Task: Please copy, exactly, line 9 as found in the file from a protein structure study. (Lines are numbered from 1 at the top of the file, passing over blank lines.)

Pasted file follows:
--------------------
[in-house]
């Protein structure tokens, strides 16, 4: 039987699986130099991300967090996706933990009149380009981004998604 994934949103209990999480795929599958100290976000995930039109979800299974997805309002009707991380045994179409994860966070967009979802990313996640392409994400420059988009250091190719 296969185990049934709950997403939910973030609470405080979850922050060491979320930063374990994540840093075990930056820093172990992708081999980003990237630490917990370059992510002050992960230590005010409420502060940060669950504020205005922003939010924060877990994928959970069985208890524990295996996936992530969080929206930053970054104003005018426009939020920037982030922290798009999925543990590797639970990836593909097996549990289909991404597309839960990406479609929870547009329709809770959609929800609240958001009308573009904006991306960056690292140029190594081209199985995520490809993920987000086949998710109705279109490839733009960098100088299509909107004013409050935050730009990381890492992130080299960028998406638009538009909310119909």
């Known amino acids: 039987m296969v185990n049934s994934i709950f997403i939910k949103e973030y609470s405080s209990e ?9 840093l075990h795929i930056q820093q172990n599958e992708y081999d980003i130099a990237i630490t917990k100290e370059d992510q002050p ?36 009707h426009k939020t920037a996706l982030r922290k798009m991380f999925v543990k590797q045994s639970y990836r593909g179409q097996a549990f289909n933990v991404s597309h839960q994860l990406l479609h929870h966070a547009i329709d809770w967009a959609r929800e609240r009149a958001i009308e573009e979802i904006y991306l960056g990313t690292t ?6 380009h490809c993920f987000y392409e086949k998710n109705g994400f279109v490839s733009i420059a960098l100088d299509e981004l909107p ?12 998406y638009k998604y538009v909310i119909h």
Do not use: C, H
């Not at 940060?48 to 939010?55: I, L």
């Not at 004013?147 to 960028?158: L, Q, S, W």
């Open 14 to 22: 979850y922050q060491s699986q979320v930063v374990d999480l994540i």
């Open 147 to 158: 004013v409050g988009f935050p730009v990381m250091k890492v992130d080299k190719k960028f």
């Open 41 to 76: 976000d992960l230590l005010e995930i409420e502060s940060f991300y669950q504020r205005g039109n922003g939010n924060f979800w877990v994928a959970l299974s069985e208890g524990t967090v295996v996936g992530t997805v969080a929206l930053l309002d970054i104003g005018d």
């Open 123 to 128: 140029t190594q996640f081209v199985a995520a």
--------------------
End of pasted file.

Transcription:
């Open 41 to 76: 976000d992960l230590l005010e995930i409420e502060s940060f991300y669950q504020r205005g039109n922003g939010n924060f979800w877990v994928a959970l299974s069985e208890g524990t967090v295996v996936g992530t997805v969080a929206l930053l309002d970054i104003g005018d």